Brock: What was your favorite book as a teen or child?
Joshua: Really hard choice, so I’m going to cheat and name four … well, one series and one book, anyway. The series is Asimov’s Foundation books, which are both profoundly deep and broad, grappling with all kinds of issues across this astonishing timeline. The book is Robert Heinlein’s Tunnel in the Sky, which chronicles a young man stranded on an alien world with a group of other students. It’s a great survival-against-all-odds tale.
Brock: What are your hopes for your future as an author?
Joshua: You know, I’m not sure. I know I enjoy writing and I’m thrilled that I have the opportunity to showcase that work through a publisher, but I’m also trying to live in the moment and just enjoy the journey as it comes. My wife and I have talked some about where I would like to go with writing down the road, but at this point I’m simply taking things one day at a time.
Brock: Coke or Pepsi?
Joshua: Give me a Coca-Cola Classic and I’m in heaven.
Brock: Favorite place to vacation?
Joshua: My wife and I have a large 18x10 foot tent that we put to use each summer at various state parks in our region. I love pitching a tent on a warm (but not hot) summer day, cooking burgers over an open flame and hiking across quiet trails with my wife and daughters. Those memories are priceless.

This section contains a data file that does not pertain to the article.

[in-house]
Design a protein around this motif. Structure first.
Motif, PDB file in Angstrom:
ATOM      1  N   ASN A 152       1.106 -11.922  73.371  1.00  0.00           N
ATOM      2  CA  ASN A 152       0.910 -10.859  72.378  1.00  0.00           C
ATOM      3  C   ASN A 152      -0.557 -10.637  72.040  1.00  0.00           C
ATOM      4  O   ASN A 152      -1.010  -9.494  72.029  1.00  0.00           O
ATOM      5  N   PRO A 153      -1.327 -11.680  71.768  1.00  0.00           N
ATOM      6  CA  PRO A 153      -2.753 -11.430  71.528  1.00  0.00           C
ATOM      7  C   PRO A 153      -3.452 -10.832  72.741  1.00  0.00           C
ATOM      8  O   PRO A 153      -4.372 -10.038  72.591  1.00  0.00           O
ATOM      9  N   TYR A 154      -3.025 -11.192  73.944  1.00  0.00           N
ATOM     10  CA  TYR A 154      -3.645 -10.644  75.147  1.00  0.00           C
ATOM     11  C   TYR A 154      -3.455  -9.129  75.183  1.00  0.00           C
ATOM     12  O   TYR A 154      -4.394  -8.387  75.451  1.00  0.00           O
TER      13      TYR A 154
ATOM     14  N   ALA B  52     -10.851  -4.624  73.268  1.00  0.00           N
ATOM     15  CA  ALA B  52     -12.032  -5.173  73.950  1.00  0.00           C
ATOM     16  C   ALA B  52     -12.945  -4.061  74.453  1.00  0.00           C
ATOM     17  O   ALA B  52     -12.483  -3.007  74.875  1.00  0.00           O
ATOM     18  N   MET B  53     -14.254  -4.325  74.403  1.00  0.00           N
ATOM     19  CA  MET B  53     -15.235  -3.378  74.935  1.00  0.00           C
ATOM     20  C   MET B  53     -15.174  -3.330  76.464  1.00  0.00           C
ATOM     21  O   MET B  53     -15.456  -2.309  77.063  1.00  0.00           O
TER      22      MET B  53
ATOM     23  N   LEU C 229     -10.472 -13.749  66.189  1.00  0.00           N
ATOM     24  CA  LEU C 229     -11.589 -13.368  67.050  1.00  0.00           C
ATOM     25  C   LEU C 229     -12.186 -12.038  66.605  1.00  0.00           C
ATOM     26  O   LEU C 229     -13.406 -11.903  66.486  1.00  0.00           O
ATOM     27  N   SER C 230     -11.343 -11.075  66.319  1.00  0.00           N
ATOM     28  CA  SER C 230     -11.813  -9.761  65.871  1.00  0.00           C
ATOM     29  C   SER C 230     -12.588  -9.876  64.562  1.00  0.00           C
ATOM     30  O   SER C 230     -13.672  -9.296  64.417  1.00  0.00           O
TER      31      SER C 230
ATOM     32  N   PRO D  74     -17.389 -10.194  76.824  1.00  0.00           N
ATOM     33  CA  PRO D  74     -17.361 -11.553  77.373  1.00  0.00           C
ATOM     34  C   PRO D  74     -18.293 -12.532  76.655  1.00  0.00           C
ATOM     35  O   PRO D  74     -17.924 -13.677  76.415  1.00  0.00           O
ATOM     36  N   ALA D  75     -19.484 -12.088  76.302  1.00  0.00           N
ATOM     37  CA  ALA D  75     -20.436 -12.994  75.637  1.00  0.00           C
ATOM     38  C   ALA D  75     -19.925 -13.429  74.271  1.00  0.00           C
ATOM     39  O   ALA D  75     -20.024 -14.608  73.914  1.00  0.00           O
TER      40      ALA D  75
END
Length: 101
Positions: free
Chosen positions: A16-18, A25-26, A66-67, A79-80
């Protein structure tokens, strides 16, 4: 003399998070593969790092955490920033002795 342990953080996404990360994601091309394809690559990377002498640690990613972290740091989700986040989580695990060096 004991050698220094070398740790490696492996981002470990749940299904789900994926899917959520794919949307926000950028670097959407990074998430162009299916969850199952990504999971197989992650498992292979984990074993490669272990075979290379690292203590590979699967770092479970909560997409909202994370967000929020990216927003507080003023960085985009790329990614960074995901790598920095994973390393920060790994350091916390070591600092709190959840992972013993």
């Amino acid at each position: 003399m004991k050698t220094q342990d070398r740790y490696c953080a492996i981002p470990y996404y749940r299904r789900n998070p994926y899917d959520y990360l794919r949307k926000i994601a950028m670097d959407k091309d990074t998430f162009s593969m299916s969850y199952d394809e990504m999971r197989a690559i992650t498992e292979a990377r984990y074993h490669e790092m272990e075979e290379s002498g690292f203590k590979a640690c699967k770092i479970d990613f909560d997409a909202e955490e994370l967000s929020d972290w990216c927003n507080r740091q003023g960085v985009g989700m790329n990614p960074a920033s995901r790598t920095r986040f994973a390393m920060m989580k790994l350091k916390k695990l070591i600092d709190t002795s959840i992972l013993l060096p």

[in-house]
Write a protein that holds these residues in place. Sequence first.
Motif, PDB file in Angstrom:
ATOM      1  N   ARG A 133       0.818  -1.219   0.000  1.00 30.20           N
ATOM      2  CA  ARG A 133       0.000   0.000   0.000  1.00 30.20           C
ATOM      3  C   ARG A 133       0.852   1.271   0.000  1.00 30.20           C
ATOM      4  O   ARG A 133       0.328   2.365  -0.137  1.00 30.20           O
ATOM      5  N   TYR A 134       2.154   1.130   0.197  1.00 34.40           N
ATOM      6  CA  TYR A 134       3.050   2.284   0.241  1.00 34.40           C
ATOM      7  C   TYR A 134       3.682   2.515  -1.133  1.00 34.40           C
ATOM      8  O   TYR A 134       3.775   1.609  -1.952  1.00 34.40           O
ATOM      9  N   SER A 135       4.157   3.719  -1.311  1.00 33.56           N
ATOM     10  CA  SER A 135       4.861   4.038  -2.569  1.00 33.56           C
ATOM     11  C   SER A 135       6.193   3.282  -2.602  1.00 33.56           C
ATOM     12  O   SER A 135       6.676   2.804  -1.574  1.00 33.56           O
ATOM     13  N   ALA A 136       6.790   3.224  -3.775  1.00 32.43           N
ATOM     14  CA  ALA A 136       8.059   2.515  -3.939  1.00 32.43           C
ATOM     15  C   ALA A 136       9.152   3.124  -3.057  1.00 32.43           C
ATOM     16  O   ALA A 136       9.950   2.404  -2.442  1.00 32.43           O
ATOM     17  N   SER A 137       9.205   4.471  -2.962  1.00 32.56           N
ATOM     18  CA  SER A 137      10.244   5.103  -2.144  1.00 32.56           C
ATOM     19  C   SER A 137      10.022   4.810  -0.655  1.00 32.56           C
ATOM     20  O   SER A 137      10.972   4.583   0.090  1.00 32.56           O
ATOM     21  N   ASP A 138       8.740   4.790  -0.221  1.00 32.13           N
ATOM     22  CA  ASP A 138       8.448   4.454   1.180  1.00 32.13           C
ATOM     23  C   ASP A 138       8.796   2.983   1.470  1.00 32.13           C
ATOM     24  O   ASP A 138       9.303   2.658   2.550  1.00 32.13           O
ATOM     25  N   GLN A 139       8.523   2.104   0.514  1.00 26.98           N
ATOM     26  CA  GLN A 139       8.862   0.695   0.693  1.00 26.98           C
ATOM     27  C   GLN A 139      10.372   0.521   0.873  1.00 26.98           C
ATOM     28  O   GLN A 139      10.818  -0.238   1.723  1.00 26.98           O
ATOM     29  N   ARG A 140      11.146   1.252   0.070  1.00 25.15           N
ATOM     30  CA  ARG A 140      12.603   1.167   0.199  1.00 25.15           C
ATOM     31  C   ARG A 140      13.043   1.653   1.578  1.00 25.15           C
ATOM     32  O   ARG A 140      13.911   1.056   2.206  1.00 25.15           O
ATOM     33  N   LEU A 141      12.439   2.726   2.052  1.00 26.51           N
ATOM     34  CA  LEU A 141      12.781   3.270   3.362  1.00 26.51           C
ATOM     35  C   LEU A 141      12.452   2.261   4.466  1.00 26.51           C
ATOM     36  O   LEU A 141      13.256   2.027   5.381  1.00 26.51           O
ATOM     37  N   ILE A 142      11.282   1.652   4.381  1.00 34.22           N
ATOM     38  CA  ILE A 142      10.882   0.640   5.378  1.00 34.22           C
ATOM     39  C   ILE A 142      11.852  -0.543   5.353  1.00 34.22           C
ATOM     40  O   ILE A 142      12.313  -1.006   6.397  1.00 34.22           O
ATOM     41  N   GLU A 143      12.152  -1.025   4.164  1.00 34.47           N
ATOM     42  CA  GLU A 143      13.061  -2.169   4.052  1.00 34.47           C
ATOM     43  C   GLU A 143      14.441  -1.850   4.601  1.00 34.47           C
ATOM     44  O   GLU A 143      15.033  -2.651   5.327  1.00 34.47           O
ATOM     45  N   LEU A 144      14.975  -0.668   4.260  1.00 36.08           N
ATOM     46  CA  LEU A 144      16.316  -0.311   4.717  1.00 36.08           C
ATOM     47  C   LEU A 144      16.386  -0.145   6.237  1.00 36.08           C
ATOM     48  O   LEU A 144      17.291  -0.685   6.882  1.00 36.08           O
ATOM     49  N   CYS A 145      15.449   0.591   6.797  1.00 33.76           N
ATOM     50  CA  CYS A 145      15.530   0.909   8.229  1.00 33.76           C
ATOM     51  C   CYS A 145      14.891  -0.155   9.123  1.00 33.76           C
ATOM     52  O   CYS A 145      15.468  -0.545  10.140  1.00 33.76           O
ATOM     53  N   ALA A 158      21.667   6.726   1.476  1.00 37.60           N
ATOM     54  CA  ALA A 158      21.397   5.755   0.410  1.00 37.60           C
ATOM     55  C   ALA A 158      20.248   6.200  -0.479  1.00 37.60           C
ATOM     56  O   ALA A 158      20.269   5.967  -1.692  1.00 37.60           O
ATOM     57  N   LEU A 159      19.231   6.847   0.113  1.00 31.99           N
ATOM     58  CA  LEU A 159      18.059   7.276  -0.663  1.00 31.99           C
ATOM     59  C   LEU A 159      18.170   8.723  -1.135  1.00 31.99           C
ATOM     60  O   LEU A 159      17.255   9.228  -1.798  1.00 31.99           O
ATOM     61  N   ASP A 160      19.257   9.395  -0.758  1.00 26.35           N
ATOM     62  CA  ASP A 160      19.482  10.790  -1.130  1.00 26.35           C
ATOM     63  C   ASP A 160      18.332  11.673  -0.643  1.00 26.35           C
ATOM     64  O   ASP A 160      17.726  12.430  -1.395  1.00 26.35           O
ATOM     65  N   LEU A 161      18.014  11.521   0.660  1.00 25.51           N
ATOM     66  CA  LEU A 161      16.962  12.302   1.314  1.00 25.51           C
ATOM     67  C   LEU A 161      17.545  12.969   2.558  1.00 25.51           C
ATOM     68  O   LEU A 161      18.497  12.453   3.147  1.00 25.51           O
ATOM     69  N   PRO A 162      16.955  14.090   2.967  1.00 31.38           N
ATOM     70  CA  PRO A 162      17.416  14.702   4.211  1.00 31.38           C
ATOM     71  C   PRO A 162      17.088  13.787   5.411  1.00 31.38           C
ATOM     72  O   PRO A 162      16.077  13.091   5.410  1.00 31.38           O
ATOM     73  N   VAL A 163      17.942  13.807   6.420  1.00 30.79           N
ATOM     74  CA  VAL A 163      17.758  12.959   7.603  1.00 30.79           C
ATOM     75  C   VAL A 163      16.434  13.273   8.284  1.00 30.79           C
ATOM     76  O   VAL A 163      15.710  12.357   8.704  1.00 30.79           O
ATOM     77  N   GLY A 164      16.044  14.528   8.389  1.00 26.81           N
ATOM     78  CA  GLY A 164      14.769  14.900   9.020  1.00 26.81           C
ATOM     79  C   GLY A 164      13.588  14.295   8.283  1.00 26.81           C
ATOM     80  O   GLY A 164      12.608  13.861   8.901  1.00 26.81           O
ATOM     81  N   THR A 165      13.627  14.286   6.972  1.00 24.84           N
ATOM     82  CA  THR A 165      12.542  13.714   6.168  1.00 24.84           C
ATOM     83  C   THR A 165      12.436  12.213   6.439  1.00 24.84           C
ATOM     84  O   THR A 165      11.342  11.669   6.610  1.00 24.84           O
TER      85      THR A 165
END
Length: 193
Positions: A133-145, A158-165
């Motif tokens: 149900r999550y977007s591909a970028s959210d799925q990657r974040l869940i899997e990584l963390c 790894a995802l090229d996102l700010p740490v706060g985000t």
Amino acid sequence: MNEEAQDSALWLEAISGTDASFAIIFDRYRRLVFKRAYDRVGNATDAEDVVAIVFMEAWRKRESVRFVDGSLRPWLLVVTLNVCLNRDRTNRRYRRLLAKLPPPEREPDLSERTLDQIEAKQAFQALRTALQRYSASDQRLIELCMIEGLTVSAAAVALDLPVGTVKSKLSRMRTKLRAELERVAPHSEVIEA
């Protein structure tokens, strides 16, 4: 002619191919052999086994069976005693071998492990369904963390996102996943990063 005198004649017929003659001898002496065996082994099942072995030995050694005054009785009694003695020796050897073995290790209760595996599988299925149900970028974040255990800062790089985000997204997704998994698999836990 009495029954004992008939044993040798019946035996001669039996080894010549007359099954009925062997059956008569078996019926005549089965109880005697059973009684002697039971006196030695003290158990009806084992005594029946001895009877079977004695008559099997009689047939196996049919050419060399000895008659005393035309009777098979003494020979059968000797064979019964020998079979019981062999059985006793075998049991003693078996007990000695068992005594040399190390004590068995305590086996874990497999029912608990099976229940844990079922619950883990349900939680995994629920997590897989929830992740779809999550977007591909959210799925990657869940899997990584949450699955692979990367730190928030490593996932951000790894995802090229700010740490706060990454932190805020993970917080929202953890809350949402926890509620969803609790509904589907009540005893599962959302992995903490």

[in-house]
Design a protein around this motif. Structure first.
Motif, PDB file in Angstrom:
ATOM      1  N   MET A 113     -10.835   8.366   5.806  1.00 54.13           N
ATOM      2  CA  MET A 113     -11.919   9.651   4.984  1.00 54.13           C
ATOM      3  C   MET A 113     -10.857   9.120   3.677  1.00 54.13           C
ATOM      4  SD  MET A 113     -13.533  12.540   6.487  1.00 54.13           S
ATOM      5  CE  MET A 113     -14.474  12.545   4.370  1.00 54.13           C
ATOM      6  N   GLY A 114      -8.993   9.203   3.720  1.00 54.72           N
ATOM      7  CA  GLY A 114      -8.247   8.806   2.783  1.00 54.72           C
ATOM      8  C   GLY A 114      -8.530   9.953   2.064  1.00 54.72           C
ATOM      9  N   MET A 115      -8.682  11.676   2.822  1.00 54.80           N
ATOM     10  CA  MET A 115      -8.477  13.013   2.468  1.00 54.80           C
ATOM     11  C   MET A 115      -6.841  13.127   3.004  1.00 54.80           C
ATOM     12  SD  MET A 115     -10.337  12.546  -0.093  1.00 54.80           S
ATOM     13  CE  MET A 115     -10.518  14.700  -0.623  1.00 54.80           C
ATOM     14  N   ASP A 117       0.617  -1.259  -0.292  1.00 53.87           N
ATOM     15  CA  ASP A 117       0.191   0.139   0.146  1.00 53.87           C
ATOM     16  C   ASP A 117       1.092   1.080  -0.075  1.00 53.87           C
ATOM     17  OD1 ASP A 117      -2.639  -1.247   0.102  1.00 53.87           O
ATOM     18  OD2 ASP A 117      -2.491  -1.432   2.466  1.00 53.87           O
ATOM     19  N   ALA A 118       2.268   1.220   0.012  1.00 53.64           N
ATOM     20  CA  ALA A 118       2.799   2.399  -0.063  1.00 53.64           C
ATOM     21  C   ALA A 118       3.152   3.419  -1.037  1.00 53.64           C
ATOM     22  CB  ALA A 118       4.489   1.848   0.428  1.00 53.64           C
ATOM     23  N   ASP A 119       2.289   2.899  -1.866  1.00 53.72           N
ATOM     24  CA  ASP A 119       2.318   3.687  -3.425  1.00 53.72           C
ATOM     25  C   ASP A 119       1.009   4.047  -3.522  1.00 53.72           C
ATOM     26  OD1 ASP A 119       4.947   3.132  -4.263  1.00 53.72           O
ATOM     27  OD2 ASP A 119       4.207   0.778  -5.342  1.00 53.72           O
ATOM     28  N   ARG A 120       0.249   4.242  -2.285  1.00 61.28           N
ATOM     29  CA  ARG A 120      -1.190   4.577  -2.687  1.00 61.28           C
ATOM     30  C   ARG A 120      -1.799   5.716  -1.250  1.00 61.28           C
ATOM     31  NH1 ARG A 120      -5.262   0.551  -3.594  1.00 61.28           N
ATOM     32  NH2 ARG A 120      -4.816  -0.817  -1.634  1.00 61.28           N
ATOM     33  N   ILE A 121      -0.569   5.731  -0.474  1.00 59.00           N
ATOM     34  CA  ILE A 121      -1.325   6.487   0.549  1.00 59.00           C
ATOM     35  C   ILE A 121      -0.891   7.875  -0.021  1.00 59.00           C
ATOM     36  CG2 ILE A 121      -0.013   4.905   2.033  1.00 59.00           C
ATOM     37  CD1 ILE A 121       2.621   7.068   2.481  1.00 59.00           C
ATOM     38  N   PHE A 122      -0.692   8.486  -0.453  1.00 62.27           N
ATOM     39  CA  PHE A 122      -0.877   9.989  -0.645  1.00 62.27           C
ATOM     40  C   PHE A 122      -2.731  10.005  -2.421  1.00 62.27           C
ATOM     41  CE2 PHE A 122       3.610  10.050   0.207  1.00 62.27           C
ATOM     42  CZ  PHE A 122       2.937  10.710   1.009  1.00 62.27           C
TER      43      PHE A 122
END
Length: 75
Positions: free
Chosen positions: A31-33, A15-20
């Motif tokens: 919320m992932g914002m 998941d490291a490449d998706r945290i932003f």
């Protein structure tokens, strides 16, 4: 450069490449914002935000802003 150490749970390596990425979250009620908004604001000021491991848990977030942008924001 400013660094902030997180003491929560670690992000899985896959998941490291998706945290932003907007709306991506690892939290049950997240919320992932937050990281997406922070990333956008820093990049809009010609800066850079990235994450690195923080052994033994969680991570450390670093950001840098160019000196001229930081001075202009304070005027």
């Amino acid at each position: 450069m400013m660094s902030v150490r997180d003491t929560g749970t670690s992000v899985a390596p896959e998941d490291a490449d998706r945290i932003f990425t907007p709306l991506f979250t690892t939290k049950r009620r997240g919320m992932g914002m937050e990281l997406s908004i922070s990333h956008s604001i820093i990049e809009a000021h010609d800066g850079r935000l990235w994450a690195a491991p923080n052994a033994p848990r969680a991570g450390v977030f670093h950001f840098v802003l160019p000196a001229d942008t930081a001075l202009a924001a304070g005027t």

Brock: Do you listen to music while you write? If so, what are some examples?
Joshua: I love epic ambient orchestral soundtrack music. Give me an Audiomachine marathon and I’m pretty much set.
Brock: Have you done any other writing besides fiction?
Joshua: Over the years I’ve done a fair bit of writing on other subjects. I’m a former senior editor and now contributor to Nintendojo, a fansite devoted to games for Nintendo consoles and handhelds. I once even got invited to demo Guitar Hero out in California, but I painfully had to turn it down because of the demands of my day job. I also chip in with some articles on parenting for a website called Mumbling Mommy, which my wife works for as an editor.
Brock: What are your favorite nonfiction titles?
Joshua: My degree is in history, so I’ve read a fair bit on that subject over the years. I enjoy reading up on American presidents, especially as historians re-evaluate their presidencies over time. I also love a good nonfiction adventure tale: one of my favorites is Alfred Lansing’s Endurance, an incredible and very true story of Ernest Shackleton, who led a crew though a series of harrowing ordeals in the Antarctic during the 1910s.
Author Website: JoshuaAJohnston.com
Author Facebook: facebook.com/joshuaajohnston
Author Twitter: @jallenjohnston
Author Goodreads: goodreads.com/joshuaajohnston
Leave a Reply.